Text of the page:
That tail has curled around Cecily's waist and she's pulled herself up to sit on the back counter, trying to hide a bit from her own outburst. "Oh...? Oh. No, there's not a lot around here, no. I just make my own. Fresh tortillas are the best way to do it too..." she nods. "And you can throw all sorts of stuff in them. I would probably make some so-called authentic food experts lose their monocles or whatnot at what I do... Would you believe someone suggested in an article that eating salsa with chips is supposedly the Mexican equivalent of drinking salad dressing out of the bottle? That... just because salsa is a condiment of sorts doesn't make that the same thing...!" she sticks her tongue out in a disgusted expression.

"I am not a great cook although I do try. But I'm pretty sure I have seen Mexicans eat salsa with chips." He stops to think, journalist brain kicking into investigative mode. "I've never heard that." Skepticism. "What else are you going to do with chips? Eat them dry?" Frowning, he waves a hand, "I'm sure you must have some books about authentic Mexican cuisine?" He tilts his head, "I read once that one of the great authentic Mexican cooking writers was a white lady, who went travelling around rural Mexico capturing traditional recipes that were really specific to remote locations... Kennedy, maybe."

"I'm a great cook," Cecily says, smiling with pride. "And... what? No, no, I mean... it was implying that salsa is salad dressing? I don't... it's a stupid article... something about 'authentic' tacos and the Americanized... what's the word... um... appropriation of them?" She sighs, shaking her head. Then she gestures, freeing a hand to point down a row of shelves. "Oh, yes. Whole section of cookbooks and such. Should have a few... and... really? That.." she smiles. "...that sounds fun. I'd love to travel somewhere and just... sample food..." she laughs quietly. "But I also just love it here."

"I like eating a lot more than I like cooking." A big hand pats at his stomach. "Cultural appropriation of tacos is the most ridiculous thing I've heard all day. I guess we should just stick to eating authentic American cuisine? TV dinners and McDonalds?" Pale eyes roll hard, followed by a sigh. "I've never left the states though." His hands wave around to ward off objection, "Aside from that. I've done a lot of moving around within it though. The idea of jetting off to another country is appealing I guess, if intimidating. I do like food though." Torn between opposition to the unfamiliar, and the joy of consuming.

Cecily nods, "Well, cooking does take a lot of work... and time..." she says quietly, taking another sip of her cider. She's almost done with that mug. It's probably her third today. "The issue with TV dinners in that limitation is they're made of... well, all sorts of cultural dishes, aren't they? And... are hamburgers truly American origin? I'm not a food historian, I'm just a book fox..." she says with a quiet laugh. "I'd rather just stay home and read and make my own food... and like I said... I'm.. safe here."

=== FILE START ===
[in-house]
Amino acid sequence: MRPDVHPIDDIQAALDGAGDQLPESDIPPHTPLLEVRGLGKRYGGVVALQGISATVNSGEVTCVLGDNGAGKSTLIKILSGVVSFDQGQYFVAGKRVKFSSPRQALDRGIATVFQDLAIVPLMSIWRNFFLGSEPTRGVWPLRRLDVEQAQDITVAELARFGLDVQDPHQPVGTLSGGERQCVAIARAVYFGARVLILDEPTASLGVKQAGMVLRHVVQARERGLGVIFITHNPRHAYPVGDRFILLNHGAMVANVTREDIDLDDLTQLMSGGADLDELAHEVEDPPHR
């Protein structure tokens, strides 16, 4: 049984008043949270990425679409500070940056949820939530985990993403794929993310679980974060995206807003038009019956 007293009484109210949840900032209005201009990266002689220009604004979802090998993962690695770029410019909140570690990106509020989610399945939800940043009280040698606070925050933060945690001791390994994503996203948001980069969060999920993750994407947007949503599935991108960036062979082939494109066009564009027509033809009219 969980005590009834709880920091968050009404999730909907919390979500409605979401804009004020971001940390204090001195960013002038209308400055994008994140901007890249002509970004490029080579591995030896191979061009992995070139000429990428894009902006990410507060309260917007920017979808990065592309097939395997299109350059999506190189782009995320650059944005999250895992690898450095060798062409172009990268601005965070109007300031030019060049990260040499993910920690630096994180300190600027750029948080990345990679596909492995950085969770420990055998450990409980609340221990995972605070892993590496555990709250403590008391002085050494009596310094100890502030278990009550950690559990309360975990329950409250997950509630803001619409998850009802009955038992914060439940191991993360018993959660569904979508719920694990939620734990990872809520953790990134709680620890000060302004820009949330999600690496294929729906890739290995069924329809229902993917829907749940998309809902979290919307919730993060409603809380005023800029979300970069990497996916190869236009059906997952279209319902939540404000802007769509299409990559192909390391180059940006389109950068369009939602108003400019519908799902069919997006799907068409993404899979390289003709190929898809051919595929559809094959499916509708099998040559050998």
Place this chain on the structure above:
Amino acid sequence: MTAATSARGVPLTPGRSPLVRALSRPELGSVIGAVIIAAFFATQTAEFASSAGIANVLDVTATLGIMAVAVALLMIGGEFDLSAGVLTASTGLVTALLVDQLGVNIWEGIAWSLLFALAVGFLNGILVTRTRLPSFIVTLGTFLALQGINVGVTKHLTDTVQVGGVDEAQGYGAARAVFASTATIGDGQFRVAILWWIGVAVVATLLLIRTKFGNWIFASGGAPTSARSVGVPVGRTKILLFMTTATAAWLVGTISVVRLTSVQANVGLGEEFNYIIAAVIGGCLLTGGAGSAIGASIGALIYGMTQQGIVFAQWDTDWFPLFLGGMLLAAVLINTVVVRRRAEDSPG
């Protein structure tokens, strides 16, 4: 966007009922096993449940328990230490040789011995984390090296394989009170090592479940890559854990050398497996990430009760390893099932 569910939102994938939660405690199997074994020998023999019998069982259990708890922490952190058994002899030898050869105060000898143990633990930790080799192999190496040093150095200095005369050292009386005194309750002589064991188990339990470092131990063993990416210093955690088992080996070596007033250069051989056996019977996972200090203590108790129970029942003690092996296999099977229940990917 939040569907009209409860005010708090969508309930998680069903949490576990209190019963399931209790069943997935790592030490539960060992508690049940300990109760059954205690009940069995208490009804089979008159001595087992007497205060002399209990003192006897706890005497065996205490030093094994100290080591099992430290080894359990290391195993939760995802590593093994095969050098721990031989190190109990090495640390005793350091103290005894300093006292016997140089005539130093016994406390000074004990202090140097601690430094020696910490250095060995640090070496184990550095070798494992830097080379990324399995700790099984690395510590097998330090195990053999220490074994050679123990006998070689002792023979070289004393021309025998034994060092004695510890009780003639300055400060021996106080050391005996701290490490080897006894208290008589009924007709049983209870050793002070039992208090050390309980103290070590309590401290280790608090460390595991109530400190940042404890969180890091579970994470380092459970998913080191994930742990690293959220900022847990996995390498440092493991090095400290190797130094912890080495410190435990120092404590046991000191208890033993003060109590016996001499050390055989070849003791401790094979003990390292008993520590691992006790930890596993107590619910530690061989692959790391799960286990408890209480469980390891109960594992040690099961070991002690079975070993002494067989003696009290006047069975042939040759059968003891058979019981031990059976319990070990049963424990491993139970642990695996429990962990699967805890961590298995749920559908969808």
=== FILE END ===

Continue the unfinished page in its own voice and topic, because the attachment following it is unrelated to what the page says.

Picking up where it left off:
"Safety first." The ogre can appeciate the sentiment, although it's obvious that he doesn't entirely agree with it and something about it causes a reignition of those internal fires with a crackle. Nostrils flare as he takes a long breath and looks down at himself, feeling like he's suddenly out of place. "I should probably get going." He regathers his compsure quickly enough and breaks out a smile, "It was really good meeting you. I guess if you don't go out much, I'll have to come by again some time."

The fox shakes her head, "I do prefer to stay here..." Cecily gives a sad smile. "But I do get around to shop... and visit the shelter... it's the time of year where soup kitchen volunteers are especially wanted. Thanksgiving and Christmas, even moreso..." she explains. "But do please visit again. Hopefully you'll find something to read next time, rather than just listen to a lonely fox tell sad stories, mm?"

Well, that framing makes it all sound a lot sadder than it had seemed to be; the lonely identifier certainly seems to strike a chord. "I have some people who may be able to assist if they're struggling," he volunteers (or volunteers others on his behalf). "Maybe you can give me a suggestion and I'll take it away with me? I enjoyed your sharing though, it was interesting."

"Mm? Just send them over to the shelter, they're always taking signups and walk-ins... food donations, too. Everything helps, right?" she suggests. Then Cecily purses her lips, stepping out from behind the counter and heading for one of the shelves. Her tail sways behind her slowly, ears perked, swivelling to and fro. She finally pulls herself up onto a ladder with one arm, one foot, the other swinging to the side. She snatches a paperback from a sea of fiction books, and comes back, shrugging, handing the ogre a copy of 'The Ear, the Eye, and the Arm.' "...it's no Wrinkle in Time but... you want a really, really weird adventure... I read this one in grade school... it's also set in like... neo-Zimbabwe or neo-Zanzibar or something?" She also holds her other hand out, "Oh! Don't take the mug with you though, please."

Lymer loiters at the counter and watches her venture out into the paperback forest. "I'll check it out," he promises, relinquishing the mug in what seems to be a fair trade. "Thank you... for the cider, the company and the book." He gives it a cursory glance and slips it into a pocket, which he then pats. "I don't do phones, but I'll come back, for sure." He flashes a smile, made brighter by the dim constellations of his skin.